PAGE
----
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Evening star. [volume] (Washington, D.C.) 1854-1972, January 11, 1922, Image 23

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* Peck's Addition Gives
SHORTSTOP NOT TO PILOT,
BUT MAY BECOME CAPTAIN
Griff Sees Club in Flag Fight If Pitchers Hold Up?
Dugan and O'Rourke Go to Red Sox and
Miller and Acosta to Macks.
BY DENMAN THOMPSON.
H r) EST infield in the country." This is Clark Griffith's estimate of
r~A the Nationals' inner works now that Roger Peckinpaugh has
been added to the roster, and there will be few dissenting voices
among the lan flock of the capital. As a result of the triangular trade
consummated last night whereby Peckinpaugh comes here, Washington's
prospects for proving a real contender in the American League race this
year have assumed an exceedingly rosy hue and entitle it to serious con
sideration tor pennant honors. Griff is not claiming the pennant. He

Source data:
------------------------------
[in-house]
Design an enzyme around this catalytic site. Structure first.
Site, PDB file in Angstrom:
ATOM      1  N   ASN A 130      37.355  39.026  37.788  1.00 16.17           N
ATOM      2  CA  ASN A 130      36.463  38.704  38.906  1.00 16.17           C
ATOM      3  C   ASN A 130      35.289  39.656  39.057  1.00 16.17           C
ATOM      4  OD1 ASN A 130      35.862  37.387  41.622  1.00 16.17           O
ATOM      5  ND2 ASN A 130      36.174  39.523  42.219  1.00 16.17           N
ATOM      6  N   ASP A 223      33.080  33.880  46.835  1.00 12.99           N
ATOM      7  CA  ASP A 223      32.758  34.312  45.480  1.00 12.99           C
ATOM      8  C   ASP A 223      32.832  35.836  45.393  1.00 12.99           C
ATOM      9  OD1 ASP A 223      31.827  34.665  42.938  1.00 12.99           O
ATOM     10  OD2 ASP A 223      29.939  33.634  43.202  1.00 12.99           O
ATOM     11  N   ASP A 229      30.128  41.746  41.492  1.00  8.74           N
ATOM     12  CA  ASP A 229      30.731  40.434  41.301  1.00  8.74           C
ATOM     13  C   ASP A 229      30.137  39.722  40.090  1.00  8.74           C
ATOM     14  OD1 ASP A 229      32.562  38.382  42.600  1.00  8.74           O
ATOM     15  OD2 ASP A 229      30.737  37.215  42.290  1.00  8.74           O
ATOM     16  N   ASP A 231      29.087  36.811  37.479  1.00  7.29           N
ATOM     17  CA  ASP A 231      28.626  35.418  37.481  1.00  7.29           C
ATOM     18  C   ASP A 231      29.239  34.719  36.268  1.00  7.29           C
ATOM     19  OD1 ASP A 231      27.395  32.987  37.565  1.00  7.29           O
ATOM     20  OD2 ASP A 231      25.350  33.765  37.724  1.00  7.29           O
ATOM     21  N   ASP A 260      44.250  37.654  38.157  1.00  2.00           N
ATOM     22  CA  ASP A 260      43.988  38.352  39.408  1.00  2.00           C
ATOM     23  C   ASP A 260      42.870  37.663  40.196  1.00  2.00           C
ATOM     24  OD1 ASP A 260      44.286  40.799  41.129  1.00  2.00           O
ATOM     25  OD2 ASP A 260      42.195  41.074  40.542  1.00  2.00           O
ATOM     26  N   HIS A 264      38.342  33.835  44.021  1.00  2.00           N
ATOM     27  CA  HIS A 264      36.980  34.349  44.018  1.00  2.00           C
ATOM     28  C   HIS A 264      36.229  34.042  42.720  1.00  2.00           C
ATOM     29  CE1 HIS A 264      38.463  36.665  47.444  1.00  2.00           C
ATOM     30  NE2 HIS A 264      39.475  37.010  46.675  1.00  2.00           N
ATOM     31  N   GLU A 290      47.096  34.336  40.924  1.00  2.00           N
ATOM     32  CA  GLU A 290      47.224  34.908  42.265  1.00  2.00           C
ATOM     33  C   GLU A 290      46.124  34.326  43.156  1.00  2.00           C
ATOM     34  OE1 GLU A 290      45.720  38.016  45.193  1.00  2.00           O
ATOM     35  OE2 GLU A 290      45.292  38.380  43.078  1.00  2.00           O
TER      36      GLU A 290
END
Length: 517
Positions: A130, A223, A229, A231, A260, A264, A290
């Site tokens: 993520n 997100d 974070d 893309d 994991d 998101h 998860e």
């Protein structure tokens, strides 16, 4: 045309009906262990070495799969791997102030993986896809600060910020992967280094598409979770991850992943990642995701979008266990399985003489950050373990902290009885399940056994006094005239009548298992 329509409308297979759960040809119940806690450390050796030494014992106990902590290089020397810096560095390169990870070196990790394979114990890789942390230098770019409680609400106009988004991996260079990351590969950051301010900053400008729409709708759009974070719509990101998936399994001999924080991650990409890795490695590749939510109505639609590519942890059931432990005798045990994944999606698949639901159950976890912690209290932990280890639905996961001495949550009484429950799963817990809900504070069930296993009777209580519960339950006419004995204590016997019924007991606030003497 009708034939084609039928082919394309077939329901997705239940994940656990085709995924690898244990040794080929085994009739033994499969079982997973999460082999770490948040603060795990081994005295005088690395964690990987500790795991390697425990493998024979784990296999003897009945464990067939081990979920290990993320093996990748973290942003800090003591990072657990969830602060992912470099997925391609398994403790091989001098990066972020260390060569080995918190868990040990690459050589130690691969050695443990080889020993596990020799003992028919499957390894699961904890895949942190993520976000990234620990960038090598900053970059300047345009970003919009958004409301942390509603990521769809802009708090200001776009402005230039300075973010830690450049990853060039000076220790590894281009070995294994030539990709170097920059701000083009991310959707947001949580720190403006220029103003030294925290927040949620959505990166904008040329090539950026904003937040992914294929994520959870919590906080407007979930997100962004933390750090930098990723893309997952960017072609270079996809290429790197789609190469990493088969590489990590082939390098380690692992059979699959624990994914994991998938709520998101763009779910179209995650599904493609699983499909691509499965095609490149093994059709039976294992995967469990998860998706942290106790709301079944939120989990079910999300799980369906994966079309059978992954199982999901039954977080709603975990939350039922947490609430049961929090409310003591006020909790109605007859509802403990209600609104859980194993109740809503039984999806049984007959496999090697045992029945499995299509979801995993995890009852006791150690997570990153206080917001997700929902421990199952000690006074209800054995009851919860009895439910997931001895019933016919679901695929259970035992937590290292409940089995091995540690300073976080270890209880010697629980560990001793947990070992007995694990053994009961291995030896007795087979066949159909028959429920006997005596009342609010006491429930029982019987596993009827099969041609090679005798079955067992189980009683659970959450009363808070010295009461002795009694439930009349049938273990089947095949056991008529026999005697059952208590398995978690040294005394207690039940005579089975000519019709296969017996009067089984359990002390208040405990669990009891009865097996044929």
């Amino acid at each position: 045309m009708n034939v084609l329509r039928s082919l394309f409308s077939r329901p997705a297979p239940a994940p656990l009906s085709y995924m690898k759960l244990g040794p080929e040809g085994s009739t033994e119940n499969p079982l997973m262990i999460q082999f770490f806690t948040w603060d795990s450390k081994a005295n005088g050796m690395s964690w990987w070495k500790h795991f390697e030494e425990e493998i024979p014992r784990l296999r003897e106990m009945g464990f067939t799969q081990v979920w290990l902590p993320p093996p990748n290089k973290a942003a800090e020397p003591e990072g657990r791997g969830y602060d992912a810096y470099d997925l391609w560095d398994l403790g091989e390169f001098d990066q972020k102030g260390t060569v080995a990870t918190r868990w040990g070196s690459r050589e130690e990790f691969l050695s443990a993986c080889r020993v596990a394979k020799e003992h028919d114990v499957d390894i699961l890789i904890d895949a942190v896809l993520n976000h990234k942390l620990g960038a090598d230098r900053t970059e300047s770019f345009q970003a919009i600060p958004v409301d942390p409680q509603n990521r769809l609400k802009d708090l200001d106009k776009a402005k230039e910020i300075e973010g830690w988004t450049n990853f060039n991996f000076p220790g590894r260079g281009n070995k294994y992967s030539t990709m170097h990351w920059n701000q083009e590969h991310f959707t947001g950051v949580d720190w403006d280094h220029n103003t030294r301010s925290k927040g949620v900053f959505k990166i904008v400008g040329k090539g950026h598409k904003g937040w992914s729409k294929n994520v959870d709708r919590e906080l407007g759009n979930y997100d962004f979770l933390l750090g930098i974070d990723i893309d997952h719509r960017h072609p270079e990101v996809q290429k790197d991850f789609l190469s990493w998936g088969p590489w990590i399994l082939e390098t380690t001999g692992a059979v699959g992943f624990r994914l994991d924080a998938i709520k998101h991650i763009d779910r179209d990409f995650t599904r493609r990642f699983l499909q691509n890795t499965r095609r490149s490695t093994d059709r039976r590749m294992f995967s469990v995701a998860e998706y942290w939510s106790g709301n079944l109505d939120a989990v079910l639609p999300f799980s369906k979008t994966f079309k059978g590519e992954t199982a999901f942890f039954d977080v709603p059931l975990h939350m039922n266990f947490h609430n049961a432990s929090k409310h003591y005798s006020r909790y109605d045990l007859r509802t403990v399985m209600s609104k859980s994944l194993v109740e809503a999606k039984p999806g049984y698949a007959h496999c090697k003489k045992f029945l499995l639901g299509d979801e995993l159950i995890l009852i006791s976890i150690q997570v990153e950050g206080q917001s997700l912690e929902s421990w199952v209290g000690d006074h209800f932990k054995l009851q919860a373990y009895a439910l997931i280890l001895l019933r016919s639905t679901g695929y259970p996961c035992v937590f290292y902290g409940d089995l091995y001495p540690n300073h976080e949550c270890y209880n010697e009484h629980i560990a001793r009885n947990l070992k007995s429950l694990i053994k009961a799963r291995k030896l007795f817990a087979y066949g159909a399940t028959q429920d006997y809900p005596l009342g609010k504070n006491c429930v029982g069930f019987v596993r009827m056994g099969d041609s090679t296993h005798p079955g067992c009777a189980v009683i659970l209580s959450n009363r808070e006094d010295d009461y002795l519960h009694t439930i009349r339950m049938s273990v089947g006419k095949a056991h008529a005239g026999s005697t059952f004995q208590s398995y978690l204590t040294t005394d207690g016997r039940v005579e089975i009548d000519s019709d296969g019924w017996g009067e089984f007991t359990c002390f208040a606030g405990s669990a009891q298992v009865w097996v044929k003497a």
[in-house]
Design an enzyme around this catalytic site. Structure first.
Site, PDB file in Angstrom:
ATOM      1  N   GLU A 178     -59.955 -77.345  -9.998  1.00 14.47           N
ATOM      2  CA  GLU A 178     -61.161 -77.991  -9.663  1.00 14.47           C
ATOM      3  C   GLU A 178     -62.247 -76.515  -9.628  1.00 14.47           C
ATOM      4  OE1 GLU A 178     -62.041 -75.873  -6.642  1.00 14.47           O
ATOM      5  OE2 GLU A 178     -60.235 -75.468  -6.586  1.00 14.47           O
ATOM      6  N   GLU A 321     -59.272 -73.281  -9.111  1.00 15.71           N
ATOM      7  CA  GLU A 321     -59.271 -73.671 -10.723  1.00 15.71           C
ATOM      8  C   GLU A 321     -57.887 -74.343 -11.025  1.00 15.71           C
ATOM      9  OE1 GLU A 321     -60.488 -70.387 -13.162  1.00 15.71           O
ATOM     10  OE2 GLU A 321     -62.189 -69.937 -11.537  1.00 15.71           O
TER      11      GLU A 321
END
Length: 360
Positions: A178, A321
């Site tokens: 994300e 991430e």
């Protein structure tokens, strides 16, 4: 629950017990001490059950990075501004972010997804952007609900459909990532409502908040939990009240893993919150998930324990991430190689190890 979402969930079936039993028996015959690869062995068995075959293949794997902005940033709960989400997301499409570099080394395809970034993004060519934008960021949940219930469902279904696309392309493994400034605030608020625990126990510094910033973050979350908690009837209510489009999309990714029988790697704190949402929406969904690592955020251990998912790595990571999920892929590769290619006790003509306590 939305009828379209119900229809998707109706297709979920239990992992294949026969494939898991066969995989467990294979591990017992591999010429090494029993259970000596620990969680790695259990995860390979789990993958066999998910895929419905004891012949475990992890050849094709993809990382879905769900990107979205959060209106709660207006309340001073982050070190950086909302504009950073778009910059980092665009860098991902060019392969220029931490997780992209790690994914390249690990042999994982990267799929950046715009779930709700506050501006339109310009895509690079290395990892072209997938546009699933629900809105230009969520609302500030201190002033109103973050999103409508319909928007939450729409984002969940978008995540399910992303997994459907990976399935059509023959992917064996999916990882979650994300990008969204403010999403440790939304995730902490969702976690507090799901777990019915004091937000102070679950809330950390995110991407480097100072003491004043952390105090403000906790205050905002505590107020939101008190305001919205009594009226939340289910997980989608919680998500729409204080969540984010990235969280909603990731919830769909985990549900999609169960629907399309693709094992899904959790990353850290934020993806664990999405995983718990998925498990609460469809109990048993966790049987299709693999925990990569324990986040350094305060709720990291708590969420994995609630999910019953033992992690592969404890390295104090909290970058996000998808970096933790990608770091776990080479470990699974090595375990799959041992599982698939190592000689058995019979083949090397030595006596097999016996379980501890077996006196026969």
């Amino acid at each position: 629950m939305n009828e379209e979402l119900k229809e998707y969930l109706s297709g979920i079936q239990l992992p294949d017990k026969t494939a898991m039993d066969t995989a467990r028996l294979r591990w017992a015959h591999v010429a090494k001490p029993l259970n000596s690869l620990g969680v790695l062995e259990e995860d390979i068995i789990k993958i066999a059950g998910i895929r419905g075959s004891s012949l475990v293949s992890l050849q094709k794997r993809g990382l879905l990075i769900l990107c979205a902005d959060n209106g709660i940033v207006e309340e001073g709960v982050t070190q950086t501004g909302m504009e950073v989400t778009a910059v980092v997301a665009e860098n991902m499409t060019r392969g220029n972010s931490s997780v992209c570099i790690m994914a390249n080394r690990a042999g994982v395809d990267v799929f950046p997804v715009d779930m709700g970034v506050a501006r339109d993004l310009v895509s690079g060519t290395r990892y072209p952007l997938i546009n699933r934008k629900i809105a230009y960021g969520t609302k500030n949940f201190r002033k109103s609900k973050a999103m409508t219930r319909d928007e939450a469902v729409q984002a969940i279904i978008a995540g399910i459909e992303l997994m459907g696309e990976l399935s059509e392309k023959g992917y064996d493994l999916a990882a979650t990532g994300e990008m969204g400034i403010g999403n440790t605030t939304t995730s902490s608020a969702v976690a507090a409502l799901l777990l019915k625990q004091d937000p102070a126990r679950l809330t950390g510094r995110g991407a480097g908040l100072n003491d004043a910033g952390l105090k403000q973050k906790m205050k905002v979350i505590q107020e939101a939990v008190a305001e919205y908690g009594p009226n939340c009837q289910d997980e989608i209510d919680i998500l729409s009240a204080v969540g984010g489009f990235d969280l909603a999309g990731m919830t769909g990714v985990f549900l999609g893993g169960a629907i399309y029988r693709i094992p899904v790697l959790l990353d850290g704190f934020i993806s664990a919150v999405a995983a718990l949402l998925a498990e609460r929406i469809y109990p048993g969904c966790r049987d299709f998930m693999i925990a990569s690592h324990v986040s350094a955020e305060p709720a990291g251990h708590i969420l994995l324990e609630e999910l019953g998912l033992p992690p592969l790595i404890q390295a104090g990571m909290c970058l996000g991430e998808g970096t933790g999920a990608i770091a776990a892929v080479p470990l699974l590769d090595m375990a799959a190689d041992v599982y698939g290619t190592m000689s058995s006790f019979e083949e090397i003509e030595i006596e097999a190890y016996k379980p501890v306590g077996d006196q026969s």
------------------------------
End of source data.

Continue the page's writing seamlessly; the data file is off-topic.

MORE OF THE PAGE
realizes flags are won on the diamond in a gruelling scnedule of 154 games
and not by paper teams, but he believes that if his pitchers hold up their
end the Washington team next season will make a better fight for the
gontalon than auv other local outfit, and this includes the second-place
entrie* of 1912 and 1913.
Contrary to the impression general
in the base ball world, at least out
side of this citv, Peckinpaugh will not
b# appointed manager of the tiam. It
is possible he may be griven the as
sigTiment as captain, a position he
tilled so acceptably with the cham
pion New York Yankees last season,
but the reins will be handled by some
one else whose identity has not yet
been disclosed. Griff has asserted
right along1 that Peck was not being
sought as a team leader, and today
reiterated this statement with em
phasis. but declined to name the man
he has in mind. He intimated an an
nouncement on this score would be
forthcoming"-within a few days. This
will b** taken by the fans to mean
that. Clyde Milan is ticketed for ele
\'ation to the duties recently relin
quished by George McBride.
Considering: the players involved in
the swop, it'may rightly be consid
ered as the most advantageous trans
action ever made by Clark Griffith in
his career of thirty-odd seasons in
the sport, and certainly the best he
has engineered in the eleven years he
has been a factor in local base ball